Schools stay in the limelight

2nd February 2001 at 00:00
The Scottish Executive's report card on the implementation of its education and other policies to date shows they are either "achieved, on track or ongoing".

The mixed verdict is delivered in the second "programme for Government", unveiled on Monday partly to mark Henry McLeish's 100th day in office as First Minister. Mr McLeish describes his administration's policies as "progressive and pragmatic".

But the gloss was rubbed off by his continuing troubles with care for the elderly and by his political opponents who dismissed the repackaging efforts as "a rehash of the same old policies", in the words of an SNP spokesman.

The boldest declaration in the education section is that the Executive will "restore standards in the Scottish examinations system in 2001", an undertaking with which Mr McLeish has personally identified himself to the embarrassment of Jack McConnell, his Education Minister.

There is also a pledge to improve 5-14 assessment by 2003 "so that achievement can be effectively measured", the next major issue on Mr McConnell's in-tray following consultations last year.

The Executive restates its commitment, which first appeared in the social justice targets, that an increasing proportion of children should achieve the "appropriate levels" in reading, writing and maths by the end of primary 2 and primary 7, respectively levels A and D.

Current rates of progress suggests this will be done more quickly in P7 than in P2. The number of younger pupils at or beyond level A in writing, for example, was 16 per cent in 1999 compared with 47 per cent who had reached level D by the end of primary school. More P2 pupils were none the less at the right level in maths, 66 per cent, than their P7 counterparts, at 64 per cent.

A new undertaking is to develop a comprehensive strategy for school buildings by next year, following on the commitment to build or renovate 100 schools by 2003.

This year will see the fruits of discussions being held within the Executive's special needs advisory forum on the future of the record of needs, now widely discredited as overly bureaucratic and driven by the availability of money rather than the requirements of children.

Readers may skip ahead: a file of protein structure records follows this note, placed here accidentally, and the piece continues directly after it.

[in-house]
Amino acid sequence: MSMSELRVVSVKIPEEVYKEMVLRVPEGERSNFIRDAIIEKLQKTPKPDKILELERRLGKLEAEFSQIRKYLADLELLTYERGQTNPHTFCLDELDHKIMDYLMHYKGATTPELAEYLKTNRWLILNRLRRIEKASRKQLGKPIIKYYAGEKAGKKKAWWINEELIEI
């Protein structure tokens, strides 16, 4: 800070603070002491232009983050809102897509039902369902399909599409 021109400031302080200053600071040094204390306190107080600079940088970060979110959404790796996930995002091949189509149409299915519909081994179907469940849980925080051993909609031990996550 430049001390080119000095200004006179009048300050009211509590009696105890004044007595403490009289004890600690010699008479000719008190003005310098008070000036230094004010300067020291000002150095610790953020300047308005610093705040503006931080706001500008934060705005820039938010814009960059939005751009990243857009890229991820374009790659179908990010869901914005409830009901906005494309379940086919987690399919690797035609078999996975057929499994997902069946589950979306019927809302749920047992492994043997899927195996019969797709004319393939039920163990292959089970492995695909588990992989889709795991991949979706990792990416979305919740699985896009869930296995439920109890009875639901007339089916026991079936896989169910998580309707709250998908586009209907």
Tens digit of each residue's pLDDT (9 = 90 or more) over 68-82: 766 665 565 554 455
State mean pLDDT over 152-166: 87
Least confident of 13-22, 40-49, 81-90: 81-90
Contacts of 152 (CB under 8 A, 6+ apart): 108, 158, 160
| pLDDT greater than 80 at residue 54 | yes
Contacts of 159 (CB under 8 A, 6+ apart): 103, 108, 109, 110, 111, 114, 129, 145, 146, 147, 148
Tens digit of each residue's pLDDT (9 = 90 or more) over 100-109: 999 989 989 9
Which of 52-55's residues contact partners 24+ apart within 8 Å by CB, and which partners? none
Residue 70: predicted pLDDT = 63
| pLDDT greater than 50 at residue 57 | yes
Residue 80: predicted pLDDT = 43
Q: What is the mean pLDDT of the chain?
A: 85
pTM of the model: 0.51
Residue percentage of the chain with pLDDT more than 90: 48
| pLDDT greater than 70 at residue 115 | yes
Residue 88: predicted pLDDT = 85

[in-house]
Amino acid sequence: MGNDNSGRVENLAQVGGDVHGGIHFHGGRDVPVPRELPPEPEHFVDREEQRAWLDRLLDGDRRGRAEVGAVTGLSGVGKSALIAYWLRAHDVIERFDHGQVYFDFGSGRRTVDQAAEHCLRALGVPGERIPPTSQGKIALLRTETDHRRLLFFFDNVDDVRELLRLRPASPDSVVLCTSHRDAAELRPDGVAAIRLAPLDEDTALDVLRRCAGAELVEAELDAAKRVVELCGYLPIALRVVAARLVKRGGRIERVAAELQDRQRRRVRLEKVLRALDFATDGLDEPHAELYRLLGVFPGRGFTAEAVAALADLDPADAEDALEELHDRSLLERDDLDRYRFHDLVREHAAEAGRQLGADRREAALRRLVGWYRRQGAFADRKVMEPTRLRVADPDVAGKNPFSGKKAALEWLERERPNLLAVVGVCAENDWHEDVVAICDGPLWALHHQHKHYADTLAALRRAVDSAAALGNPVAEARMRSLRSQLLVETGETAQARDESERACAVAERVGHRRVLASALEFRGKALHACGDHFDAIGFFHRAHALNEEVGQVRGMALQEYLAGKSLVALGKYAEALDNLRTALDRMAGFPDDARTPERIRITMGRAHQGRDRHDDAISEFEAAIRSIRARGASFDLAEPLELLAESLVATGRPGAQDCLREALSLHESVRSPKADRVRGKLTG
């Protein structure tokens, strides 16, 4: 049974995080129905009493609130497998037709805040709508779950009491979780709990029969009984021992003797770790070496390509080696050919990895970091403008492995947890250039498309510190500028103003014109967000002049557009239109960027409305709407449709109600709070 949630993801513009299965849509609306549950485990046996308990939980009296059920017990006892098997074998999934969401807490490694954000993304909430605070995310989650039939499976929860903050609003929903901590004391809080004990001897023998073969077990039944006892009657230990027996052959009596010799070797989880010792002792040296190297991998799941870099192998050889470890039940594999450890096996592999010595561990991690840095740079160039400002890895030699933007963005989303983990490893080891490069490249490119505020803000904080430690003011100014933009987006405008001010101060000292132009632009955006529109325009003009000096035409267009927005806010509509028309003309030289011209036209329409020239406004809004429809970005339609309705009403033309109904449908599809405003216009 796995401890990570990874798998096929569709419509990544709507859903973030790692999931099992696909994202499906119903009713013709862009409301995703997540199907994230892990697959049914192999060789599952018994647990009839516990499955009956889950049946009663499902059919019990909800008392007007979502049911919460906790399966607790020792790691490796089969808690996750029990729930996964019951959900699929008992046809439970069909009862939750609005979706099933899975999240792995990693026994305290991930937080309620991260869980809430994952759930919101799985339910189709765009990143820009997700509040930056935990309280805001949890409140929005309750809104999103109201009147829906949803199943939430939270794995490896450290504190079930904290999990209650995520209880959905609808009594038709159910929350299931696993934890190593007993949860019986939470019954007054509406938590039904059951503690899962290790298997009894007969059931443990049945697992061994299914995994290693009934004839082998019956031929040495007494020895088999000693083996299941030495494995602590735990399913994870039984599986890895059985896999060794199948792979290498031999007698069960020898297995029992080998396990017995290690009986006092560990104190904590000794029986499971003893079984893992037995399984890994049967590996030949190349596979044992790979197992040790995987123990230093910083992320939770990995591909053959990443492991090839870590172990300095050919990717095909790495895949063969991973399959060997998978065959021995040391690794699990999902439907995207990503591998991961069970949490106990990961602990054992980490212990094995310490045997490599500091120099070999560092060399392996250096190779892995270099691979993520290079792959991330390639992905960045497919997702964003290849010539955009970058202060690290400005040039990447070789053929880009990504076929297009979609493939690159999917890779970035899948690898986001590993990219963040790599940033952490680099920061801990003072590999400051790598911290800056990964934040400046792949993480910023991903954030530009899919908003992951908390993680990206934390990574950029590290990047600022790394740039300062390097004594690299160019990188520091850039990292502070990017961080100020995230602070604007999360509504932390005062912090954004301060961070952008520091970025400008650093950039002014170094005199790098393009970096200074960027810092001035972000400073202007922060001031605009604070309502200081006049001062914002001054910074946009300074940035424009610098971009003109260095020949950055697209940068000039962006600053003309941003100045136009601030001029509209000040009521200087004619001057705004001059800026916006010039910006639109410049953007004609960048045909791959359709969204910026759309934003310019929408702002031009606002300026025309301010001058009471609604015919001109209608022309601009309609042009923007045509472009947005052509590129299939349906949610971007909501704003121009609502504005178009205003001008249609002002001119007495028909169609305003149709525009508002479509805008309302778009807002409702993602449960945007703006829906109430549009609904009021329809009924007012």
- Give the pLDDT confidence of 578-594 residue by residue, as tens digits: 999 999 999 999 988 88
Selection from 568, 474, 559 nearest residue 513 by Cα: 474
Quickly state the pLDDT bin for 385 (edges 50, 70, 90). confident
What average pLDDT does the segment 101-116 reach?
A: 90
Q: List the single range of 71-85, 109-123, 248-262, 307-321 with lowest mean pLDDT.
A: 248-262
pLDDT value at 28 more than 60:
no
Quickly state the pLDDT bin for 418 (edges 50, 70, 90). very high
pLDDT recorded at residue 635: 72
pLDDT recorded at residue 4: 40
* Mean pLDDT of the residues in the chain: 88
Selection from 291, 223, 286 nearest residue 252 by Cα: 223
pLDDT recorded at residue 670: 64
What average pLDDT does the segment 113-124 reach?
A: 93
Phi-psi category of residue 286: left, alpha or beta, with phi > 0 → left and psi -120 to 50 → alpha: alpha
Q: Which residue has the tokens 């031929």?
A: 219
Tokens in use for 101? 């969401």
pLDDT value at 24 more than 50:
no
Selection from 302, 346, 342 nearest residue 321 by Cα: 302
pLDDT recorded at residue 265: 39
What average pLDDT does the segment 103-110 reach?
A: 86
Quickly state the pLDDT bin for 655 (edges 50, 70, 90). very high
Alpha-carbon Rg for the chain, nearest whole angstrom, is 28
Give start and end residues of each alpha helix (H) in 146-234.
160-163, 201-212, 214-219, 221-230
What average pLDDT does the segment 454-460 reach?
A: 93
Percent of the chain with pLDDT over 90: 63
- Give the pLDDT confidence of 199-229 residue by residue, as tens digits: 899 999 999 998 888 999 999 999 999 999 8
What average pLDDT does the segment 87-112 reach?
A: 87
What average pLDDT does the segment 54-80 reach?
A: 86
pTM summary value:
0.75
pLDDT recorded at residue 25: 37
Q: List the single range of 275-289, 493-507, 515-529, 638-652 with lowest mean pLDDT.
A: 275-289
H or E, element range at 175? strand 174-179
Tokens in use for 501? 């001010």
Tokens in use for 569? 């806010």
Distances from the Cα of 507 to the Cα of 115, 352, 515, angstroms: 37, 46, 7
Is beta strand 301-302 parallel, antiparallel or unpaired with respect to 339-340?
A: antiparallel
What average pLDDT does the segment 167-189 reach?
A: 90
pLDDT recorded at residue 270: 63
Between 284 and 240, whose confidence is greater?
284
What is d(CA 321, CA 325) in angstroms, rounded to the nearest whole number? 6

Although Mr McConnell said in his TES Scotland interview last month that the system cannot handle further significant change at present, work on reforms will not cease. The mark two programme for overnment confirms that the piloting of "future school projects" will go ahead, with plans for evaluating new ways of learning to be drawn up next year.

The rest of the programme for children and education merely builds on existing commitments. The reduction of P1 and P2 class sizes to 30 pupils will be repeated in P3 where there is now 68 per cent coverage; the achievement of a free nursery place for all four-year-olds will be matched for three-year-olds by next year; schools will move from one computer for every nine secondary pupils and one for every 28 primary children to 1:5 and 1:7.5 respectively; the number of new community school projects will grow from 47 to 60 this year; and targets are "on track" to hire 1,000 additional teachers and 5,000 classroom assistants by next year (738 extra teachers and 1,500 assistants have been recruited so far).

On lifelong learning, the Executive pledges to complete already announced if unfinished business, such as investing in adult literacy and numeracy, delivering 100,000 individual learning accounts by 2002, creating an all-age careers service and introducing pound;2,000 bursaries for students from low-income families.

THE FIRST MINISTER'S FIRST REPORT CARD

* Spending on the Sure Start Scotland programme for the early years to reach pound;19 million this year.

* A free nursery place for all four-year-olds and 68 per cent of three-year-olds.

* Launched the national childcare information line.

* An extra pound;8 million for childcare infrastructure and staff training.

* Childcare allowances for FE students up by pound;6 million.

* Schools spending to increase in real terms over three years.

* Two specific funding increases of pound;48.9 million earmarked for school books, equipment and repairs.

* Key national priorities established to drive up standards.

* P1 and P2 classes cut to 30 pupils.

* One computer for every nine secondary pupils and for every 28 primary pupils.

* E-mail addresses for 66 per cent of secondary and 29 per cent of primary pupils.

* 47 new community schools projects set up involving 230 schools.

* Councils funded to employ 738 new teachers.

* HMI reformed "to focus on supporting teachers, schools and education authorities in achieving high performance".

* A new statutory right to education "designed to realise the full potential of every child".


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